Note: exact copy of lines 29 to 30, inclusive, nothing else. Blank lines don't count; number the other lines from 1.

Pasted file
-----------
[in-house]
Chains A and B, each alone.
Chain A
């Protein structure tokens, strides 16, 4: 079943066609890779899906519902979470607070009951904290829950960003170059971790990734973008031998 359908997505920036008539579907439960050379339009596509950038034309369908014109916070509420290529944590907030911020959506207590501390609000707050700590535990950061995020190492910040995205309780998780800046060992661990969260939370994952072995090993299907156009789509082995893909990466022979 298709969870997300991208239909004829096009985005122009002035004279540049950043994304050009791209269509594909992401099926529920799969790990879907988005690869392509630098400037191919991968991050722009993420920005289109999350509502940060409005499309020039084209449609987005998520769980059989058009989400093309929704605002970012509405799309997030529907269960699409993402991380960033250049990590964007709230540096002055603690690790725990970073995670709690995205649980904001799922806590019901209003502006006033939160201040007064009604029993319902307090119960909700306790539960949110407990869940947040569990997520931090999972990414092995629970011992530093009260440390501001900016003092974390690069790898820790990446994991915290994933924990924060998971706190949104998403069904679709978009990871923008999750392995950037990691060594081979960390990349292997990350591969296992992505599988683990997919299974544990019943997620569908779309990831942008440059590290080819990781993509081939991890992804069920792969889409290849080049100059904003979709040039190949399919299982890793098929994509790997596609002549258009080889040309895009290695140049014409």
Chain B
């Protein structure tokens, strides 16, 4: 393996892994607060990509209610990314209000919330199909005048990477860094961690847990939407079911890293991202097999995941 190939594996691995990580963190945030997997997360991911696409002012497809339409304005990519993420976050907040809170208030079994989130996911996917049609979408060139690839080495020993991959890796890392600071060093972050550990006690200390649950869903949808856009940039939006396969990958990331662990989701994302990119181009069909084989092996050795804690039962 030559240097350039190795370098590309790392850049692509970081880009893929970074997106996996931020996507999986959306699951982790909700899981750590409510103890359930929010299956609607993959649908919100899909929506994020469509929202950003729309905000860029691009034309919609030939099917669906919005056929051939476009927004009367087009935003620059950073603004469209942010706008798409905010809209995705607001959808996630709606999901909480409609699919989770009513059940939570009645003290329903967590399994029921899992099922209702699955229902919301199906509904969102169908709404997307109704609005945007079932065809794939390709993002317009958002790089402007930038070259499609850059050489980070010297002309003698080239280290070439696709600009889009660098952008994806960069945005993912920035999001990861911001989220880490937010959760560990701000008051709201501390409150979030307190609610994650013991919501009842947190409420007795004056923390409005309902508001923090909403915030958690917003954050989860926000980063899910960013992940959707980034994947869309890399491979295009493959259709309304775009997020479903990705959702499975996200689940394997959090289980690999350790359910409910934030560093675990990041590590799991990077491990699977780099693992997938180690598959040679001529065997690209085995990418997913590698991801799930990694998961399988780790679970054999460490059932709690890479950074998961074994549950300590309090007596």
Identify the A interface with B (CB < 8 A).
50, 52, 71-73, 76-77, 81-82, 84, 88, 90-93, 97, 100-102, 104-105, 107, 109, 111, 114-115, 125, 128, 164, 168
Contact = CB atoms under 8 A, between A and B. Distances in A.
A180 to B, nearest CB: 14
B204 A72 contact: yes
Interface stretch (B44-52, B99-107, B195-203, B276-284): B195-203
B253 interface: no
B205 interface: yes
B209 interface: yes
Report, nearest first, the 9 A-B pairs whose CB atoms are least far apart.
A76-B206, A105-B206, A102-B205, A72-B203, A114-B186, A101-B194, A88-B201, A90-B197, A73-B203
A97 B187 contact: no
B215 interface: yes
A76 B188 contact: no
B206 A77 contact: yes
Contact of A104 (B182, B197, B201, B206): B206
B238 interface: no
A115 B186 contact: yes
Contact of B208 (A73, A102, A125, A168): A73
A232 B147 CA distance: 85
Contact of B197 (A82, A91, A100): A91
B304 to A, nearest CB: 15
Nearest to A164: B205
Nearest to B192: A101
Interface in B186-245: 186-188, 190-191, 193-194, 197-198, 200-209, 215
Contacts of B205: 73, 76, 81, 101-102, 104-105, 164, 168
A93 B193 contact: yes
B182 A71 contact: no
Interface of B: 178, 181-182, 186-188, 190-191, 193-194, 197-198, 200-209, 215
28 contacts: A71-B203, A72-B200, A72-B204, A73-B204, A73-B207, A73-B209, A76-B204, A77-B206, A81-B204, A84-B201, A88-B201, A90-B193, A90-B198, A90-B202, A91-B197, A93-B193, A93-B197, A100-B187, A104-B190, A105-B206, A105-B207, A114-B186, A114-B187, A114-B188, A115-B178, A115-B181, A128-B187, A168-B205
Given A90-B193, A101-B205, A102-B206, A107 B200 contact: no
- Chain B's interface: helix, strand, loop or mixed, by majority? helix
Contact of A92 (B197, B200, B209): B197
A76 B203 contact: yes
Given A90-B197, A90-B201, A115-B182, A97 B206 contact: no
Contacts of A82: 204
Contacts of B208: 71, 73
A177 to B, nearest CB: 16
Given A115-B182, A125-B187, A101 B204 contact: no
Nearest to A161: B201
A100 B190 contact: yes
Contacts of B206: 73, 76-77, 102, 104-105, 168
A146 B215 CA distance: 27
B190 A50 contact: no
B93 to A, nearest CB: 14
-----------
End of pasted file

Nearest to A164: B205
Nearest to B192: A101